QSR chains look to scale up deliveries through cloud kitchens
According to a Zomato report released in August, dining was yet to bounce back and was operating at 8-10% of the pre-Covid levels.
The organised food services industry, which garnered the lion’s share of its revenue from dine-ins before the pandemic — almost 75% according to Crisil Research — is now dependent on takeaways and deliveries, as consumers prefer to stay indoors. To lessen the losses owing to the abysmally low footfall in restaurants, several new companies are adopting the cloud kitchen model to quickly scale up deliveries.
Quick service restaurant (QSR) chain Mad Over Donuts has adopted the cloud kitchen model in Bengaluru; Malaysian QSR chain Momo King, too, is operating through cloud kitchens in Delhi-NCR. In June this year, multiplex chain Carnival Cinemas launched its cloud kitchen brand Purple Foods & Beverages.
According to a Zomato report released in August, dining was yet to bounce back and was operating at 8-10% of the pre-Covid levels. The food delivery side of the business, meanwhile, was clocking 75-80% of pre-Covid GMV.
To scale up in a cost-efficient manner, QSRs are tying up with cloud kitchen providers, who provide the basic infrastructure required for preparing the food and packaging it for deliveries.
For instance, Momo King has partnered with Smart Kitchen Company to operate 11 kitchens in Delhi-NCR. According to Shyam Thakur, founder of Momo King, while it requires an investment of Rs 12-15 lakh to set up a QSR outlet, a cloud kitchen can be started with only 40% of this capital.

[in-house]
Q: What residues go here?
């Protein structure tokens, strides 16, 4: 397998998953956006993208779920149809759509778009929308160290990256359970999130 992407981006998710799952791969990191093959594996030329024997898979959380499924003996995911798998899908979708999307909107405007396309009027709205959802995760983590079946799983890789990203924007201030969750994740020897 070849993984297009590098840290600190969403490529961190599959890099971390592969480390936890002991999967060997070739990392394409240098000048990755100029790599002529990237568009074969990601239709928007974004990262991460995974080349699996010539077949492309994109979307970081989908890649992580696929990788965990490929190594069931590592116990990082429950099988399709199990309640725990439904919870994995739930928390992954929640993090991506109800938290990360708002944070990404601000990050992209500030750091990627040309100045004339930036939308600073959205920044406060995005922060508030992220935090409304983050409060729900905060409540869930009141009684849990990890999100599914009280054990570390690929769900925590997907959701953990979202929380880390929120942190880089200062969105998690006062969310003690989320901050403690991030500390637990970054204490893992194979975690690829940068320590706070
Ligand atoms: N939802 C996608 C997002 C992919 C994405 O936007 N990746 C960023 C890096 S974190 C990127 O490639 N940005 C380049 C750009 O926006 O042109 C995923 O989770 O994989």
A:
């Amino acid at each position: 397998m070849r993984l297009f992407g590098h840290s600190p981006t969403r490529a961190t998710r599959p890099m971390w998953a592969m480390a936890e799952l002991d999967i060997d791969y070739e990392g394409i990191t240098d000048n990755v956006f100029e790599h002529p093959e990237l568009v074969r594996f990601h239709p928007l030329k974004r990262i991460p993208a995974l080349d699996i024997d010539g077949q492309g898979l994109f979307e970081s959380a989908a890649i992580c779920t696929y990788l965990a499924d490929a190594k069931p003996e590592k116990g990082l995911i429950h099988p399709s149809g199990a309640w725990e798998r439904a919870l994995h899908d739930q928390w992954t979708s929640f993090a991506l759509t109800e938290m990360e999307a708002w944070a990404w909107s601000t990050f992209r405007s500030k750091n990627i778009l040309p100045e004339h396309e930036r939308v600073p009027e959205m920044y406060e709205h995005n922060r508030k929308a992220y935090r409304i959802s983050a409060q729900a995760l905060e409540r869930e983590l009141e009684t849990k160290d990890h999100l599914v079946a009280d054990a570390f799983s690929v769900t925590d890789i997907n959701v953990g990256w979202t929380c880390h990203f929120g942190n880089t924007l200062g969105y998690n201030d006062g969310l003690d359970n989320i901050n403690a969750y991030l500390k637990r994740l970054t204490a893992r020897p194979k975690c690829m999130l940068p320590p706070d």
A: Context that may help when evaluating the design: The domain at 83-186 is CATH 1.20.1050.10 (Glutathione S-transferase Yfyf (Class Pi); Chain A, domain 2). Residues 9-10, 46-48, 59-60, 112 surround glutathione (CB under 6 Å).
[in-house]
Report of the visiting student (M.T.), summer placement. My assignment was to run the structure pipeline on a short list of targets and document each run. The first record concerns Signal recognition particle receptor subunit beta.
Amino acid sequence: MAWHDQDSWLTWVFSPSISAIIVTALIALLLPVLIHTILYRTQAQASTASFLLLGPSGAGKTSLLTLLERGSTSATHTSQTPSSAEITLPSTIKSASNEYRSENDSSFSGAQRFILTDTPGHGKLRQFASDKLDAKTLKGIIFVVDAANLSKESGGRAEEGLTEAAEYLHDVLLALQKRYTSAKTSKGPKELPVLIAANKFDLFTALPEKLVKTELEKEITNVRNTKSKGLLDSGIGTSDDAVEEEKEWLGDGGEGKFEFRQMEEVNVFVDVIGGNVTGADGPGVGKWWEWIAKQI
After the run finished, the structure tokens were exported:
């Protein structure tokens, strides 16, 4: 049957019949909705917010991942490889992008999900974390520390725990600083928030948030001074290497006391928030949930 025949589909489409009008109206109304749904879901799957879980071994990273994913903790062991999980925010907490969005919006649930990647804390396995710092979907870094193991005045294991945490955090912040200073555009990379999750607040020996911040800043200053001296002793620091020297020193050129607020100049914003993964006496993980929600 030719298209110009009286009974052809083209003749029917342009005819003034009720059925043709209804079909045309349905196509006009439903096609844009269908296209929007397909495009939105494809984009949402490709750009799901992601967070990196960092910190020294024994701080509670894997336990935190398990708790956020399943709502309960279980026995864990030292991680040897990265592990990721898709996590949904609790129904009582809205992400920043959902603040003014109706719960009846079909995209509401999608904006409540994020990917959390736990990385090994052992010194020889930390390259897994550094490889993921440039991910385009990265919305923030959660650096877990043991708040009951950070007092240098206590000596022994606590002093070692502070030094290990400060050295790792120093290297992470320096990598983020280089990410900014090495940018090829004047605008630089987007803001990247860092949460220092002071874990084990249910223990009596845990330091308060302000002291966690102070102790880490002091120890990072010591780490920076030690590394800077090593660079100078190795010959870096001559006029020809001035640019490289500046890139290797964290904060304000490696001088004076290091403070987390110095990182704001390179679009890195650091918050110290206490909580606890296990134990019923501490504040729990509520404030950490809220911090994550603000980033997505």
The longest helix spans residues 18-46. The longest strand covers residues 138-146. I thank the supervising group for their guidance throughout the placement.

The company plans to extend its cloud kitchen model to Chandigarh and Dehradun, and launch an app for deliveries. Its kitchens in Delhi-NCR, spread over 150-200 sq ft, service 60-70 orders a day.
Mad Over Donuts has taken a similar route, and tied up with Loyal Hospitality in Bengaluru and Rebel Foods in New Delhi for cloud kitchens. “We can service areas where we don’t have our outlets through this model,” says Tarak Bhattacharya, CEO, Mad Over Donuts.
Cloud kitchens contribute 10-12% to Mad Over Donuts’ overall sales. The company shares 25% of its revenues with the cloud kitchen companies.
Carnival Cinemas, meanwhile, has a different reason to foray into cloud kitchens — to make better use of its infrastructure. “Our premises have a lot of unoccupied space. We are using it to create a retail model and generate more F&B revenue,” says Sony Ravindranath, director and CEO, F&B, Carnival Group.
The multiplex chain has opened 15 cloud kitchens, each measuring 150-200 sq ft, with an investment of Rs 8-10 lakh per unit. It claims to be servicing about 50-55 orders a day through these kitchens, and has launched its app and delivery fleet besides tie-ups with food aggregators.
The cloud kitchen model helps companies save on infrastructure costs, but reduces their margins drastically. It is a known fact that dine-in margins are much higher than deliveries, as companies don’t have to split them with food aggregators or infrastructure providers.
Thakur of Momo King corroborates this. He says that while the company makes a profit margin of 40% from dine-in orders, deliveries from the cloud kitchen model reduces it by more than half. Additional costs like late delivery fees, penalties or return orders also make cloud kitchen deliveries an expensive proposition, especially when its average minimum order value is much lower than that of dine-in orders.
Amarjeet Singh, partner, tax regulatory and internet business, KPMG India, says that getting customers aboard will be a challenge for brands operating in this segment, as they are solely dependent on promotions by food aggregators.
Some of these companies hope to tide over this by launching their own apps. However, experts say consumers would rather download a single app where they can find several options.